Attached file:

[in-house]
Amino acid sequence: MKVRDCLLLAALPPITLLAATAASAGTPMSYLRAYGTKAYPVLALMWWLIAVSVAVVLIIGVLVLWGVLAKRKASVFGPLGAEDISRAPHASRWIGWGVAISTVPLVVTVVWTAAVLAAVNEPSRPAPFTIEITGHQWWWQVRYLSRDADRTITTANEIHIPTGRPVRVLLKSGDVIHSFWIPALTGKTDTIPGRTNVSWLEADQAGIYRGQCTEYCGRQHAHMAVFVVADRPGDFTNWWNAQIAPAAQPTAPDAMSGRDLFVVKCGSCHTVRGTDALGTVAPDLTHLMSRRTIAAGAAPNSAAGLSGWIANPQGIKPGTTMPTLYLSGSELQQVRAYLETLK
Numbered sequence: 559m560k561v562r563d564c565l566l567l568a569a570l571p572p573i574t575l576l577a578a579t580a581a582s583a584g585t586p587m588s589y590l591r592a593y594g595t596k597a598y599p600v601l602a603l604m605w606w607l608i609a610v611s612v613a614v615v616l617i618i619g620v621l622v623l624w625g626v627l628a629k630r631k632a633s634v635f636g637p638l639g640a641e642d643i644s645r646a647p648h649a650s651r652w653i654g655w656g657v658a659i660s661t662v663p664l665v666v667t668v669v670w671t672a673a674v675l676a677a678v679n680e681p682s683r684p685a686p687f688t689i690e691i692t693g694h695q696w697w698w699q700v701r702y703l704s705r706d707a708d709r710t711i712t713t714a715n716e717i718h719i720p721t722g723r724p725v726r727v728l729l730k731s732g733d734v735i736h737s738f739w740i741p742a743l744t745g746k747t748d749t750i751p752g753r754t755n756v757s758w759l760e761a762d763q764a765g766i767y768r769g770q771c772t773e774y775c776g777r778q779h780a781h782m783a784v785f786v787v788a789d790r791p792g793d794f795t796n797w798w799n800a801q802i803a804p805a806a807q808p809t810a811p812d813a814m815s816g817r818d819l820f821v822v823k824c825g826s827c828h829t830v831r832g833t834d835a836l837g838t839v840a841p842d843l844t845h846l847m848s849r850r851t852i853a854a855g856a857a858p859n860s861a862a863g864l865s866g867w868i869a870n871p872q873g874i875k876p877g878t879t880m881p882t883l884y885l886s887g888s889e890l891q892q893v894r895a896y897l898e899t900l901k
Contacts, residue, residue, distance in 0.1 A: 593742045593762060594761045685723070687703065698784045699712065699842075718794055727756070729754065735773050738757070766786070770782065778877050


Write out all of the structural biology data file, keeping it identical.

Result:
[in-house]
Amino acid sequence: MKVRDCLLLAALPPITLLAATAASAGTPMSYLRAYGTKAYPVLALMWWLIAVSVAVVLIIGVLVLWGVLAKRKASVFGPLGAEDISRAPHASRWIGWGVAISTVPLVVTVVWTAAVLAAVNEPSRPAPFTIEITGHQWWWQVRYLSRDADRTITTANEIHIPTGRPVRVLLKSGDVIHSFWIPALTGKTDTIPGRTNVSWLEADQAGIYRGQCTEYCGRQHAHMAVFVVADRPGDFTNWWNAQIAPAAQPTAPDAMSGRDLFVVKCGSCHTVRGTDALGTVAPDLTHLMSRRTIAAGAAPNSAAGLSGWIANPQGIKPGTTMPTLYLSGSELQQVRAYLETLK
Numbered sequence: 559m560k561v562r563d564c565l566l567l568a569a570l571p572p573i574t575l576l577a578a579t580a581a582s583a584g585t586p587m588s589y590l591r592a593y594g595t596k597a598y599p600v601l602a603l604m605w606w607l608i609a610v611s612v613a614v615v616l617i618i619g620v621l622v623l624w625g626v627l628a629k630r631k632a633s634v635f636g637p638l639g640a641e642d643i644s645r646a647p648h649a650s651r652w653i654g655w656g657v658a659i660s661t662v663p664l665v666v667t668v669v670w671t672a673a674v675l676a677a678v679n680e681p682s683r684p685a686p687f688t689i690e691i692t693g694h695q696w697w698w699q700v701r702y703l704s705r706d707a708d709r710t711i712t713t714a715n716e717i718h719i720p721t722g723r724p725v726r727v728l729l730k731s732g733d734v735i736h737s738f739w740i741p742a743l744t745g746k747t748d749t750i751p752g753r754t755n756v757s758w759l760e761a762d763q764a765g766i767y768r769g770q771c772t773e774y775c776g777r778q779h780a781h782m783a784v785f786v787v788a789d790r791p792g793d794f795t796n797w798w799n800a801q802i803a804p805a806a807q808p809t810a811p812d813a814m815s816g817r818d819l820f821v822v823k824c825g826s827c828h829t830v831r832g833t834d835a836l837g838t839v840a841p842d843l844t845h846l847m848s849r850r851t852i853a854a855g856a857a858p859n860s861a862a863g864l865s866g867w868i869a870n871p872q873g874i875k876p877g878t879t880m881p882t883l884y885l886s887g888s889e890l891q892q893v894r895a896y897l898e899t900l901k
Contacts, residue, residue, distance in 0.1 A: 593742045593762060594761045685723070687703065698784045699712065699842075718794055727756070729754065735773050738757070766786070770782065778877050